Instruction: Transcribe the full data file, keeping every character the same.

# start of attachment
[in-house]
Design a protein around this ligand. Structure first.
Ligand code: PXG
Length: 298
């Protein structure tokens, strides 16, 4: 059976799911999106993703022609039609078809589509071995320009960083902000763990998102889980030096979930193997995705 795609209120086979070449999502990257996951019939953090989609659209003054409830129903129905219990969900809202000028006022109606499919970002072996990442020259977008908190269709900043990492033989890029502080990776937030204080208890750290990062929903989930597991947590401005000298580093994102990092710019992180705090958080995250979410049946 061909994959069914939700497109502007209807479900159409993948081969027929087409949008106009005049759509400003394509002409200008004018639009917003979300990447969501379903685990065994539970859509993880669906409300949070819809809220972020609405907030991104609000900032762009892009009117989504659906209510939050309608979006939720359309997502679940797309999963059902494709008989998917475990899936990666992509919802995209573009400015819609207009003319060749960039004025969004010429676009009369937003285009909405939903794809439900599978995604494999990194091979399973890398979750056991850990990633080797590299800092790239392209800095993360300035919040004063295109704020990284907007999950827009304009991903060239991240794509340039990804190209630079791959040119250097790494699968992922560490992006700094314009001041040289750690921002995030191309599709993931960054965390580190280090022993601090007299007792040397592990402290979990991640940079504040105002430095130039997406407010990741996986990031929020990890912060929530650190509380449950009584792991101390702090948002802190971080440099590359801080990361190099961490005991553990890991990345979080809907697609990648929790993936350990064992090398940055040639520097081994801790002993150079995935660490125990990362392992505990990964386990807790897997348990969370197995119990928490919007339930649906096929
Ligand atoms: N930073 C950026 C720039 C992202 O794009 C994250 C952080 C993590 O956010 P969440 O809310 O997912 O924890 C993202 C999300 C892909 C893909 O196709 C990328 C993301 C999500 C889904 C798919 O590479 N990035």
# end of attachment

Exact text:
[in-house]
Design a protein around this ligand. Structure first.
Ligand code: PXG
Length: 298
């Protein structure tokens, strides 16, 4: 059976799911999106993703022609039609078809589509071995320009960083902000763990998102889980030096979930193997995705 795609209120086979070449999502990257996951019939953090989609659209003054409830129903129905219990969900809202000028006022109606499919970002072996990442020259977008908190269709900043990492033989890029502080990776937030204080208890750290990062929903989930597991947590401005000298580093994102990092710019992180705090958080995250979410049946 061909994959069914939700497109502007209807479900159409993948081969027929087409949008106009005049759509400003394509002409200008004018639009917003979300990447969501379903685990065994539970859509993880669906409300949070819809809220972020609405907030991104609000900032762009892009009117989504659906209510939050309608979006939720359309997502679940797309999963059902494709008989998917475990899936990666992509919802995209573009400015819609207009003319060749960039004025969004010429676009009369937003285009909405939903794809439900599978995604494999990194091979399973890398979750056991850990990633080797590299800092790239392209800095993360300035919040004063295109704020990284907007999950827009304009991903060239991240794509340039990804190209630079791959040119250097790494699968992922560490992006700094314009001041040289750690921002995030191309599709993931960054965390580190280090022993601090007299007792040397592990402290979990991640940079504040105002430095130039997406407010990741996986990031929020990890912060929530650190509380449950009584792991101390702090948002802190971080440099590359801080990361190099961490005991553990890991990345979080809907697609990648929790993936350990064992090398940055040639520097081994801790002993150079995935660490125990990362392992505990990964386990807790897997348990969370197995119990928490919007339930649906096929
Ligand atoms: N930073 C950026 C720039 C992202 O794009 C994250 C952080 C993590 O956010 P969440 O809310 O997912 O924890 C993202 C999300 C892909 C893909 O196709 C990328 C993301 C999500 C889904 C798919 O590479 N990035």